A proposed opioid treatment center near the Alderwood Boys and Girls Club took center stage once again when the Lynnwood City Council met Monday night.
After holding an executive session closed to the public, councilmembers announced they are considering possible litigation related to the treatment center. Meanwhile, city officials advised concerned residents to contact the Washington State Department of Health, which will make the final decision on whether or not the clinic will open as planned in late January.
Also on Monday night, the council – which added a special meeting in addition to its regular business meeting to discuss the city’s legislative agenda — elected Shannon Sessions as its new president and Julieta Altamirano-Crosby as vice president.
As they did during the Jan. 3 council meeting, numerous people filled Lynnwood City Council Chambers to offer public comment regarding the center, to be operated by Acadia Healthcare. The center, which provides methadone treatment, is currently in Bothell, but is set to be relocated to 2322 196th St. S.W. in Lynnwood. Acadia has already acquired a 10-year lease for the building, and the center is scheduled to open at the end of January.
Many residents said they were concerned about the location near the Alderwood Boys and Girls Club and a lack of transparency from Acadia and the Washington Department of Health, but some new issues were also highlighted by commenters. Many residents near the proposed clinic expressed doubt over whether the existing road infrastructure could handle the increased traffic and whether the 53-space parking lot in the facility would be sufficient for patients.
Several commenters also stated they didn’t trust Acadia Healthcare, alleging that the company overcharged and took advantage of people using addiction services and had once made the decision to eliminate the security guard at another health care facility, which resulted in staff being harmed.
“I just don’t understand, legally, what a security guard can do… Is their job just to push them off of their private property and into the surrounding community?” asked resident Jacob Fullen, in response to Acadia’s suggestion that they may hire a security guard.
Vivian Dong, organizer of Safe Lynnwood – a group formed to fight the treatment center location — spoke during the public comment periods at both of Monday night’s council meetings.
“They [Acadia] tried to sneak this clinic in and they got caught,” Dong said.”This is just another opportunity, as others pointed out, by Acadia and its executives to make profit off the most vulnerable people in the community while risking the safety of our kids.”
Mental health therapist Carrie Pilger, attending via Zoom, was the sole speaker to defend the clinic. Although she began by stating she was unfamiliar with Acadia as a company, she reinforced the idea that the people who benefited from treatment were already in the Lynnwood community as family and friends.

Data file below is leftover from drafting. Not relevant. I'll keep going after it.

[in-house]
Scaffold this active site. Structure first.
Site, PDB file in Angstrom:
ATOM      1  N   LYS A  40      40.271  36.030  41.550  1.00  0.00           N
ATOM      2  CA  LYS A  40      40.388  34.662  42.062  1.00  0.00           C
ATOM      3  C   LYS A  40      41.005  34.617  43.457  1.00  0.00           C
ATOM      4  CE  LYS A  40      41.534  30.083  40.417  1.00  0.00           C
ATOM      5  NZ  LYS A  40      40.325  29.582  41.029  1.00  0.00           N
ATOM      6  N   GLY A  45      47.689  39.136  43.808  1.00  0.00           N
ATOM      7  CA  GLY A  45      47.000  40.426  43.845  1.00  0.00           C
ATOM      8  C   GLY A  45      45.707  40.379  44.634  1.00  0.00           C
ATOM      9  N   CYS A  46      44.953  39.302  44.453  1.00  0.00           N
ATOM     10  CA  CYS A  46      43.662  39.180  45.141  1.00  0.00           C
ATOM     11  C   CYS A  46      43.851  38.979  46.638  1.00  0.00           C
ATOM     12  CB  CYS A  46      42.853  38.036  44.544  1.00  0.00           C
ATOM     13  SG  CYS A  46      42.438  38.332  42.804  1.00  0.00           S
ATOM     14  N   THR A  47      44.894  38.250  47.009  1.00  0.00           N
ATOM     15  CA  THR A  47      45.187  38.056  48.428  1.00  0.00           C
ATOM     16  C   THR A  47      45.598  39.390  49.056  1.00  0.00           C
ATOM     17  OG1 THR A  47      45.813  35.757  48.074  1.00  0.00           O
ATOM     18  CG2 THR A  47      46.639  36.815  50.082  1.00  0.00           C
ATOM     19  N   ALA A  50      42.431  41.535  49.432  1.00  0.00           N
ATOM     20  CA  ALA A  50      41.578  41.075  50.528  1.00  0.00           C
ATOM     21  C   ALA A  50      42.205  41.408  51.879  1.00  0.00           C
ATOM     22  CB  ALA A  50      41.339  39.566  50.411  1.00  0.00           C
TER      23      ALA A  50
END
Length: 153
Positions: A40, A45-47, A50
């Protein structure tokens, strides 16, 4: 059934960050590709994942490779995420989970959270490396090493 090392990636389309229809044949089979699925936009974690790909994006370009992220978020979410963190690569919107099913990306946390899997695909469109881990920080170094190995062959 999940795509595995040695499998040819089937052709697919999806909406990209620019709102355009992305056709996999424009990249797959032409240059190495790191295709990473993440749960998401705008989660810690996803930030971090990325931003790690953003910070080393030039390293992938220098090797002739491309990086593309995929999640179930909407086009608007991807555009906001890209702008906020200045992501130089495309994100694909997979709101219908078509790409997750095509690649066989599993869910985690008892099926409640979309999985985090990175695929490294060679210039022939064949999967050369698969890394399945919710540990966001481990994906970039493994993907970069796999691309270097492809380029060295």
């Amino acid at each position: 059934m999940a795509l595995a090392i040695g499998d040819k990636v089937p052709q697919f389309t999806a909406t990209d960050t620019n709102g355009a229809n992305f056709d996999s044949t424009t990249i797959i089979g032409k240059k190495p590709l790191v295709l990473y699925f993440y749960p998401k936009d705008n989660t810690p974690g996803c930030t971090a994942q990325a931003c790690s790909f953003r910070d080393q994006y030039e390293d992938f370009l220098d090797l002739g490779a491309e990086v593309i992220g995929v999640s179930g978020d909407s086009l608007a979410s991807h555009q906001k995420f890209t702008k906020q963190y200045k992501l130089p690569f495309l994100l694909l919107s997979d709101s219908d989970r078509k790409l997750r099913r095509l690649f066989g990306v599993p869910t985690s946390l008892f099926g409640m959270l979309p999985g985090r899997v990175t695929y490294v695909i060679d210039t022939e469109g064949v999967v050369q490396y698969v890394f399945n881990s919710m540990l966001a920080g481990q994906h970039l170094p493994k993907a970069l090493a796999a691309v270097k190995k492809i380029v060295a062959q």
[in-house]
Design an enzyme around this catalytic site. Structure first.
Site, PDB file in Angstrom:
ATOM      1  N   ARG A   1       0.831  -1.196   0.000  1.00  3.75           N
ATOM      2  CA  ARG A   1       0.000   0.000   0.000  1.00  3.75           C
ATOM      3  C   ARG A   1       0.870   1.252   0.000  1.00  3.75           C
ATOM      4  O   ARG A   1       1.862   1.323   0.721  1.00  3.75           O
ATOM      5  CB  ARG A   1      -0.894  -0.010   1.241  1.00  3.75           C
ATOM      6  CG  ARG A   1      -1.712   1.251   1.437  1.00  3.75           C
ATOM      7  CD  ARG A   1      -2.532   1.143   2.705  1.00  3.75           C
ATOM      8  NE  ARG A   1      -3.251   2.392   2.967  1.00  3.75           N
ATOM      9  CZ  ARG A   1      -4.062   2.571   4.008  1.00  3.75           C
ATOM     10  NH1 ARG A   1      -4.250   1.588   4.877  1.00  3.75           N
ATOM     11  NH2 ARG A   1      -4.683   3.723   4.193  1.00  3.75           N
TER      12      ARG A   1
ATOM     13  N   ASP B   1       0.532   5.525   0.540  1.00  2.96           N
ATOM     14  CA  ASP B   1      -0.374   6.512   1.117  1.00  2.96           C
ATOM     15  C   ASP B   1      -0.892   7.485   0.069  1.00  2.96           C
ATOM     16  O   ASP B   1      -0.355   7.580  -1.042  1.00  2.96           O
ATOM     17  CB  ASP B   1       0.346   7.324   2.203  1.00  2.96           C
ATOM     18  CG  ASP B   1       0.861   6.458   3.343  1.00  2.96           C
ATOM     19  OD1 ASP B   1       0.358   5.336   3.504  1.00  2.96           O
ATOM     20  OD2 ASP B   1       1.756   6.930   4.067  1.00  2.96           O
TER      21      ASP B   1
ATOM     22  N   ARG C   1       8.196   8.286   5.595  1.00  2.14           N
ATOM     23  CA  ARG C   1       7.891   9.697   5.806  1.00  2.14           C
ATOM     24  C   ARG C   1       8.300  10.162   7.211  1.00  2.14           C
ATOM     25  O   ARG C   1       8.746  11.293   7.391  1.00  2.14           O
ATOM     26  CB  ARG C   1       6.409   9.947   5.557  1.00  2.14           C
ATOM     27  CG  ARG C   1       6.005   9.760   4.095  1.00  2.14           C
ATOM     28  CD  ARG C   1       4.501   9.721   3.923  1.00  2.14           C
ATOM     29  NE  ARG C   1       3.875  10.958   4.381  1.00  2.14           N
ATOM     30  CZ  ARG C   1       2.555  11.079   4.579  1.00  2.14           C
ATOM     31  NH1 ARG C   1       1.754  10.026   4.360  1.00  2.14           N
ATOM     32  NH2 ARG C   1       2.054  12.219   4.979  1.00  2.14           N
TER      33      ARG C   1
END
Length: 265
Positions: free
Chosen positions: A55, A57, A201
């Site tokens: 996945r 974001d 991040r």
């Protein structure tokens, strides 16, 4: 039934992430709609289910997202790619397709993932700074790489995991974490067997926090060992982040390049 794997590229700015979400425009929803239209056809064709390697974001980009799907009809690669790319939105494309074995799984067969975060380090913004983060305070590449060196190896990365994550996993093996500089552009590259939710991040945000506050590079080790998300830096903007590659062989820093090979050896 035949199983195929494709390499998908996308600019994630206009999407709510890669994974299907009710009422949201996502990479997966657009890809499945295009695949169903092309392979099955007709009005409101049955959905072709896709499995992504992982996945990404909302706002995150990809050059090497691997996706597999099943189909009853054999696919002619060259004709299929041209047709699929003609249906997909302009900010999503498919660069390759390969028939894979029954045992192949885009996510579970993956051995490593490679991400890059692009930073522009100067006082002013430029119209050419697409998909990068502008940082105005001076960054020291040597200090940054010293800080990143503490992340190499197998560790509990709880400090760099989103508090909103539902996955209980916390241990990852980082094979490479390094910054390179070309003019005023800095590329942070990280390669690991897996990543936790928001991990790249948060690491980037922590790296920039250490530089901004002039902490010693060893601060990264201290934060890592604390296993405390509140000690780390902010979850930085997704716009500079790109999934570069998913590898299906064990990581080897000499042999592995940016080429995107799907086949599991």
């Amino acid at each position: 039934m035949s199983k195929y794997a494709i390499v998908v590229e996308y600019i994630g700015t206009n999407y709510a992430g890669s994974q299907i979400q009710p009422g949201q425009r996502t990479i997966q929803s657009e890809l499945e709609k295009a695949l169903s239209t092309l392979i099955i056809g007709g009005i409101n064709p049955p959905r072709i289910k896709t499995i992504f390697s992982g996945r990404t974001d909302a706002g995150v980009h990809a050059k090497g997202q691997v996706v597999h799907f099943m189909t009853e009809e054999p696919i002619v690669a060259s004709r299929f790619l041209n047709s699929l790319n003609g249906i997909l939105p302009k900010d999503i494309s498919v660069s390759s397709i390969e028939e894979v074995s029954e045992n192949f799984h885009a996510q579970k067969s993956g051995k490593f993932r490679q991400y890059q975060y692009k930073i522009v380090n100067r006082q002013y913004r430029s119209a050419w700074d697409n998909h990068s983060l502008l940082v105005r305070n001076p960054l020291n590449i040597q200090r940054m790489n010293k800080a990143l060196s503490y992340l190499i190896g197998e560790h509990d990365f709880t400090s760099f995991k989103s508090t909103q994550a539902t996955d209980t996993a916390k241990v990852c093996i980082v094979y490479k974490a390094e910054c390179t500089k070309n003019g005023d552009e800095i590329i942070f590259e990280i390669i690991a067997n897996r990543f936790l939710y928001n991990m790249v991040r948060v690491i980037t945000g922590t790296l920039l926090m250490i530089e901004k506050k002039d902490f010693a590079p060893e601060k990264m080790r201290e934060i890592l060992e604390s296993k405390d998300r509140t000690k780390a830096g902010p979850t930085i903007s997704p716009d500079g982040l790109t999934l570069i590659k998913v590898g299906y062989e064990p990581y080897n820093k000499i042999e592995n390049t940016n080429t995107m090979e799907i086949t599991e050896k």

“Providing treatment doesn’t attract or bring anyone else into a community. It supports those members of our community that need it,” said Pilger.
The only commenter who didn’t speak about the opioid facility was Nick Coelho, a local business owner and five-year volunteer for the Lynnwood Parks & Recreation Board. Coelho asked that the councilmembers attend their liaison meetings as they are supposed to.
“Nothing is more demoralizing than seeing people who are paid to attend, not. So, as you get these new positions, these new liaison positions, I please ask that you attend them,” said Coelho, gesturing to the council.
During the business meeting that followed the special meeting, councilmembers elected Shannon Sessions to replace incumbent George Hurst as council president. Sessions – who voted for herself, also received the votes of Councilmembers Patrick Decker, Jim Smith and Julieta Altamirano-Crosby. Hurst – who also voted for himself — received votes from Councilmembers Shirley Sutton and Josh Binda. Sessions thanked Hurst for his hard work as council president.
Hurst ran for the council vice president role after Sessions was elected president. However, Altamirano-Crosby won the position by receiving the votes of Decker, Sessions, Smith and herself.
The council also discussed the appointment of council liaisons to city boards and commissions.The planning commission, the only board and commission required to have a council liaison, initially received no council volunteers. Decker stated that he could attend one meeting a month, adding that someone else would need to attend the other. After a prolonged silence, Binda volunteered and so the two councilmembers will share the position. Every other board and commission position was filled.
In other business, the council approved a new utility billing payment system for the city. The previous system, the Munis payment portal, did not support forms of payment other than credit cards or ACH transfers, and customers found the website challenging to use. The new system, selected from among eight other competitors based on its responsiveness, will be provided by i3-Milestone, LLC.
Mayor Christine Frizzell also acknowledged the hard work of city employees during the December snowstorms.
— By Jasmine Contreras-Lewis